We are losing the war on drugs

We are losing the war on drugs

LETTER: Vernon’s Safety Task Force was destined to fail

Dean Roosevelt’s excellent article (Morning Star, 7 March) regarding the fledgling Safety Task Force losing “focus” should come as no surprise as “homelessness” is a somewhat enigmatic and loosely defined term, falling somewhere between the entrenched drug culture and various degrees of economic hardship compounded by whatever vagaries life has imposed on one’s ability to support oneself in civilized society. Although in my opinion it’s a catch-all that certainly engenders a wide range of emotions, my suspicion is that the probability is skewed toward the former rather than the latter. The current batch of designer drugs, most notably the synthetic opioid fentanyl, are killing our society and to me are a major if not the sole contributor to what inevitably leads to a “homeless” lifestyle that has simply amalgamated itself over time with those whose home life has evaporated leaving few choices other than street life. I believe this latter category is a small proportion of the total and I find it difficult to believe that they have no recourse to the many support groups, both public and private, that society provides to help with their difficulties. There are always choices no matter what frustrations arise as one ques up to try and take advantage of the services available. However, it’s certainly not the responsibility of the City of Vernon to solve the issue or even form a “safety” task force as a stop-gap to somehow ensure a safe environment for its citizens. The concept of a Safety Task Force is simply an admission that our leaders have no idea how to tackle the problem and as usual have resorted to fobbing it off on another study group. If every municipality took a similar approach, we’d end up with an uncoordinated potpourri of locally designed solutions province wide. When the pundits finally admit that drugs, homelessness and its concomitant invasiveness in each of our lives is simply out of control, will people realize that tougher legislation is needed to punish those who feed our precious children and the unfortunate in society stimulants that force them into a street culture. Let’s face it, we are losing the war on drugs and homelessness is simply one of the casualties. Solving this issue at the local level is unrealistic. This is a crisis that can only be addressed through pressuring our provincial and national governing bodies to bring more widespread solutions to the table. The role of the City of Vernon should simply be to enforce its bylaws and vigorously lobby within the Union of British Columbia Municipalities to carry out its mandate – to “secure united action among members in dealing with all matters of common municipal interest.” Solutions through the creation of a local task force was bound to lose focus – by definition. When will our civic leaders ever learn to stick to their knitting?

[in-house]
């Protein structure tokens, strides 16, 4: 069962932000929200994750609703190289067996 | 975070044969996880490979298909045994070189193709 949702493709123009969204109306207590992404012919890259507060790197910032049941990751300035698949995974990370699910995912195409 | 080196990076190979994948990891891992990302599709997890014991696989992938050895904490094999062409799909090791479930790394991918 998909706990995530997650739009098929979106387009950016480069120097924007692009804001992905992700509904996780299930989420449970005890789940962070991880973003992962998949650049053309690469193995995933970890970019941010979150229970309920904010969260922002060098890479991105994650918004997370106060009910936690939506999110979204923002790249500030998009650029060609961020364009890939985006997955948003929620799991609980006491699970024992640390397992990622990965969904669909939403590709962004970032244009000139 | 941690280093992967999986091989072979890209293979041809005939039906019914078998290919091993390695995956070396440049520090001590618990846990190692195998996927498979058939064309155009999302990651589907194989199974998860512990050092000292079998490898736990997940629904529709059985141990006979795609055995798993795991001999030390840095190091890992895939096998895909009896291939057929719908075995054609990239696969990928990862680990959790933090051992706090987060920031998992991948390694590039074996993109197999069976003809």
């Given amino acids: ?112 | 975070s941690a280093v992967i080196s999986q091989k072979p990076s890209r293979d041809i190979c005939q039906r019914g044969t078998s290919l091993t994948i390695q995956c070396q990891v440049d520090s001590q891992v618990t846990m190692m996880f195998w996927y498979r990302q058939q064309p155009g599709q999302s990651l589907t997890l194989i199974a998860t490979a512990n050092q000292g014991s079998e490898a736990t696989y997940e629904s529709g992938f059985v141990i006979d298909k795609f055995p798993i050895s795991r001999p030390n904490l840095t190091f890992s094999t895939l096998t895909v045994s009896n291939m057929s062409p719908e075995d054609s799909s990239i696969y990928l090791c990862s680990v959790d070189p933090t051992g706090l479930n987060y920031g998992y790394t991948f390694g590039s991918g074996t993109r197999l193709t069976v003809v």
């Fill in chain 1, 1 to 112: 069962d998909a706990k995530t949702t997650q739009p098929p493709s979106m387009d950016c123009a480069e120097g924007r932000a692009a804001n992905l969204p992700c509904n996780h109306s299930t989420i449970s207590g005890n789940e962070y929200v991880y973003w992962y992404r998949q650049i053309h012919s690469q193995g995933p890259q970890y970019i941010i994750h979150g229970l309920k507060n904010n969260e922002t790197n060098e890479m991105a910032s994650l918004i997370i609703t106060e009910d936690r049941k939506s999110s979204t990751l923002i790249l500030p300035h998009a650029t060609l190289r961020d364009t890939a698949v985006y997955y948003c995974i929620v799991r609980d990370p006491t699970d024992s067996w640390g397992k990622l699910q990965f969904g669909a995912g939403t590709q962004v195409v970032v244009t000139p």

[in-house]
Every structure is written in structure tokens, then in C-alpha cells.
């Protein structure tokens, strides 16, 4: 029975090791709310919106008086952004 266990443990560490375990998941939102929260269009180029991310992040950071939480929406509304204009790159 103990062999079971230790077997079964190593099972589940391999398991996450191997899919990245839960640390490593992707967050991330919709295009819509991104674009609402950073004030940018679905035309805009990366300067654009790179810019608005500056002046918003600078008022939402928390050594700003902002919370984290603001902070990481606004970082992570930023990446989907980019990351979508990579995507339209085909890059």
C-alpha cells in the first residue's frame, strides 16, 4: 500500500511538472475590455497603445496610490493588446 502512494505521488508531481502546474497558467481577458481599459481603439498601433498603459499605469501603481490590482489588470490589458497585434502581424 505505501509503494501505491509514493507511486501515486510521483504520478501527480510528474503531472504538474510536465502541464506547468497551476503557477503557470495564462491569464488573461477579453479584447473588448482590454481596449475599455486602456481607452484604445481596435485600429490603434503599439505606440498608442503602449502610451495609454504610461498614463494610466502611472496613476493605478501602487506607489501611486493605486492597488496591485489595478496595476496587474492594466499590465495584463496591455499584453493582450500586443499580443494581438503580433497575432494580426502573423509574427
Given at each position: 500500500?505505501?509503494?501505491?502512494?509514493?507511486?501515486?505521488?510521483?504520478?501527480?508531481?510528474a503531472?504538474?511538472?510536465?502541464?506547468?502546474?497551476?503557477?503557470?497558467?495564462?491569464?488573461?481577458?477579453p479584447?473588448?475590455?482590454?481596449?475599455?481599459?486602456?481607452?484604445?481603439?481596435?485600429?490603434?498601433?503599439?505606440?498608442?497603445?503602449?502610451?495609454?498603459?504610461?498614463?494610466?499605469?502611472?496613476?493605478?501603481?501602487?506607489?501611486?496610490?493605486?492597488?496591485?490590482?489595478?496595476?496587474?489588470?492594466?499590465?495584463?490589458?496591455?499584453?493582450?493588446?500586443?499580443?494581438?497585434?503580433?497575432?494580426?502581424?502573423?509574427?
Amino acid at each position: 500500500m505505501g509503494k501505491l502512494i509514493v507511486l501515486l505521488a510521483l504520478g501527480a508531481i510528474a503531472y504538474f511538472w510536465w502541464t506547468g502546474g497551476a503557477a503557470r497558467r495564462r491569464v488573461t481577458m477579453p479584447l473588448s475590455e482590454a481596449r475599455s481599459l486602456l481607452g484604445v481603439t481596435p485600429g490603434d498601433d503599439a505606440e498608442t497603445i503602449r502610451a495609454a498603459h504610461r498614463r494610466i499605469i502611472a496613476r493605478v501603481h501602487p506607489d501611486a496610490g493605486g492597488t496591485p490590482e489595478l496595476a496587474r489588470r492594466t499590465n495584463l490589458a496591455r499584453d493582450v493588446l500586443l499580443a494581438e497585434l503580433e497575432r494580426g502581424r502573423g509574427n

Alan D. Wilson



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